Monday, March 12, 2012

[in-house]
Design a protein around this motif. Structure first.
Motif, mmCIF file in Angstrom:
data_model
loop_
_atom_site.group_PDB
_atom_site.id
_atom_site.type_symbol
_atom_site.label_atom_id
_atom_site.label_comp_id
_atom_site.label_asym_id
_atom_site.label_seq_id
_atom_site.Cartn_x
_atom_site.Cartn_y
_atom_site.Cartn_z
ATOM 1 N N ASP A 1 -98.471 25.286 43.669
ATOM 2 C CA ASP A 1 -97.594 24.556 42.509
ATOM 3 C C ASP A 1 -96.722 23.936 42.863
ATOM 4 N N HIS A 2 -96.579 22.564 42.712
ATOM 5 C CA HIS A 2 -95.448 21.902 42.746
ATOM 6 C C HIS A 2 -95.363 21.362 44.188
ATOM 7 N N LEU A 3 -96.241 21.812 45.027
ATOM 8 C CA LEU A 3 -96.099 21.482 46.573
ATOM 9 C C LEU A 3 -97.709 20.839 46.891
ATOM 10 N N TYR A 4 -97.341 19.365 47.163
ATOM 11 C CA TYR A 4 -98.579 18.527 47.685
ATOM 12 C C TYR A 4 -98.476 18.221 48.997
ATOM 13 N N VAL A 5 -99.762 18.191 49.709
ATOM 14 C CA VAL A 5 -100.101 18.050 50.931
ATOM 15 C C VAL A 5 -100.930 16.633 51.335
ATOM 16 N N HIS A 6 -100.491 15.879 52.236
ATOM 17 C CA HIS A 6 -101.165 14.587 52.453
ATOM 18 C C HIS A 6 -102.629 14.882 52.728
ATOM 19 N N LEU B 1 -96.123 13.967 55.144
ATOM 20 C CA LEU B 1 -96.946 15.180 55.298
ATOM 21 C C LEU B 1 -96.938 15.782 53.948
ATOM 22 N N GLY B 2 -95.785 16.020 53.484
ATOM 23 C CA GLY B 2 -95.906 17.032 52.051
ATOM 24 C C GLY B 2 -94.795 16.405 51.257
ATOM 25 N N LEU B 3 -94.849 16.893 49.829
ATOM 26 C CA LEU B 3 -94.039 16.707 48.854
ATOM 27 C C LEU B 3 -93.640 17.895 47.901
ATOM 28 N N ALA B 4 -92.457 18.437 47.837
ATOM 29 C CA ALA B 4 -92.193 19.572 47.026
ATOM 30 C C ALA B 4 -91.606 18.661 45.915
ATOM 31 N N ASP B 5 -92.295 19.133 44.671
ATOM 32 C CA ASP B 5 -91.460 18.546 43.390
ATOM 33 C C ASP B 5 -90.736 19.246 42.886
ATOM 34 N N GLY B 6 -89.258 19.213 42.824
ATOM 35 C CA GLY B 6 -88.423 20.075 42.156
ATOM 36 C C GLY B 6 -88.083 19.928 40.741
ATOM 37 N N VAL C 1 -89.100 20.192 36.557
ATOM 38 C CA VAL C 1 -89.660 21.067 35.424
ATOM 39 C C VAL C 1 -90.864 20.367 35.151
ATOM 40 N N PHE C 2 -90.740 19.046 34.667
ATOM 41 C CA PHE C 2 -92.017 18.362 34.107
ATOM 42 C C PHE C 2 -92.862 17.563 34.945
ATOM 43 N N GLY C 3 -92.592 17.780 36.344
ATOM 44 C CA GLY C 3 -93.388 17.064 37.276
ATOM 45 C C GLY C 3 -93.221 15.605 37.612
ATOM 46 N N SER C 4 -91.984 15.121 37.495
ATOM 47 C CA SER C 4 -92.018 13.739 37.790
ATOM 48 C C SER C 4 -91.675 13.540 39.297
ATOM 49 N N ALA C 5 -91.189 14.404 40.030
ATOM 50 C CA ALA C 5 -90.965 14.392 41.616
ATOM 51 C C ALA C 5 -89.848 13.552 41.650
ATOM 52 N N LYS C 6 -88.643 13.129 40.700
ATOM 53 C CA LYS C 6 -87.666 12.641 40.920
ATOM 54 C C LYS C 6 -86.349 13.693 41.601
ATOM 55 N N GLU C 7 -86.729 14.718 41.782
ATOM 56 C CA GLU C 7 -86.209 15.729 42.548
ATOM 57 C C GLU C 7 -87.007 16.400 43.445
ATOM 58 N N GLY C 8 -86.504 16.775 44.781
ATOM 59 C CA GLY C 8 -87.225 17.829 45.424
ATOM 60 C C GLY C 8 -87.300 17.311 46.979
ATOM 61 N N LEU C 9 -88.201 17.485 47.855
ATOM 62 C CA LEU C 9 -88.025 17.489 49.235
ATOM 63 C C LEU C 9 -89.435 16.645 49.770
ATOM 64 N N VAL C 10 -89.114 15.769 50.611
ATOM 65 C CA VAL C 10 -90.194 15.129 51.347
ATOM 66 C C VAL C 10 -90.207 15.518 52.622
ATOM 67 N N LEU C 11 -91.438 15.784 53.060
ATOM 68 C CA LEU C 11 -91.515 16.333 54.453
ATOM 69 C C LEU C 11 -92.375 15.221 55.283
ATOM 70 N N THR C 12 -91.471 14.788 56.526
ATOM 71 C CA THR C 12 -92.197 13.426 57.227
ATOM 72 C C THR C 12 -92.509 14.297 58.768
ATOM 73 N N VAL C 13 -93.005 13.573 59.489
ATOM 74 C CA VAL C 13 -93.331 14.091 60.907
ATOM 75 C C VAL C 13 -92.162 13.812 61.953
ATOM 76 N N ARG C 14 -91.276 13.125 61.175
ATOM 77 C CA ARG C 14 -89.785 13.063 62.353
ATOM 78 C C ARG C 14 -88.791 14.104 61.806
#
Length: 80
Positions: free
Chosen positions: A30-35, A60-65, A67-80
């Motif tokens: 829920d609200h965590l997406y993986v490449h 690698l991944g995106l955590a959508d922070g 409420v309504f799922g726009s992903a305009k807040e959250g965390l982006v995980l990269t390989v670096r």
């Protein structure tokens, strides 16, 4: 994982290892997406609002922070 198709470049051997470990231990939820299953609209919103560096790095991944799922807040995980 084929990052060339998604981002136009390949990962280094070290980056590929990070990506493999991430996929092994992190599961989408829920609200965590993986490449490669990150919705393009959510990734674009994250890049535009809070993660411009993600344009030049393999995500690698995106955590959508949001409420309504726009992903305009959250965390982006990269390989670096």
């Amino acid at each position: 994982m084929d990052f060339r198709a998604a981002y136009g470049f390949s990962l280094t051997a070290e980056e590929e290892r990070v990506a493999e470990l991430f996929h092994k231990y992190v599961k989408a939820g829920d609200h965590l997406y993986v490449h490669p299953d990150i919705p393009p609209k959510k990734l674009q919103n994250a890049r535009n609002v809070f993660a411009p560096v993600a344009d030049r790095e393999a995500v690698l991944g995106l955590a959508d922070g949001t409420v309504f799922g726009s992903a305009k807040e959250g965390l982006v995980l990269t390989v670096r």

March 12 marks the annual World Day Against Cyber Censorship. Started by Reporters Without Borders (RSF) and Amnesty International in 2008, the day is an opportunity to advance and celebrate a free Internet as an open window to the world and denounce the attacks made on the free flow of information online. To coincide with the World Day Against Cyber Censorship, RSF has launched its annual “Enemies of the Internet” report. Although in Canada we do not face the same type of Internet blackouts or direct online censorship and takedowns as many other countries, this does not mean that we can be complacent, or that we do not have reason for concern. There are currently two major pieces of legislation that serve as a threat to Canada’s Internet freedom: Bill C-11 (Copyright Act) and Bill C-30 (Protecting Children Against Internet Predators Act). Similar to the recent threats that were posed by the Stop Online Piracy Act (SOPA) and the Protecting Internet Predators Act (PIPA) in the United States, Bill C-11 is geared towards copyright protection and preventing piracy. The problem with the extreme measures being proposed for the enforcement of these regulations is that it makes it incredibly easy for any website to be quickly taken down on the basis of copyright infringement. Sites could be blocked directly through the ISP, without any verification if it is indeed a copyright infringement, or the chance for the problematic content to be removed. This, along with Bill C-30, the government’s Lawful Access legislation that aims to legalize digital surveillance without a warrant, highlights the current threats to free expression online right here within Canada’s borders. While the Internet can be seen to be providing users with access to information and free expression; it can also serve as a tool for oppression. Help CJFE mark the World Day Against Cyber Censorship in Canada by signing the petitions below, and telling the Canadian government that Internet freedom matters to you.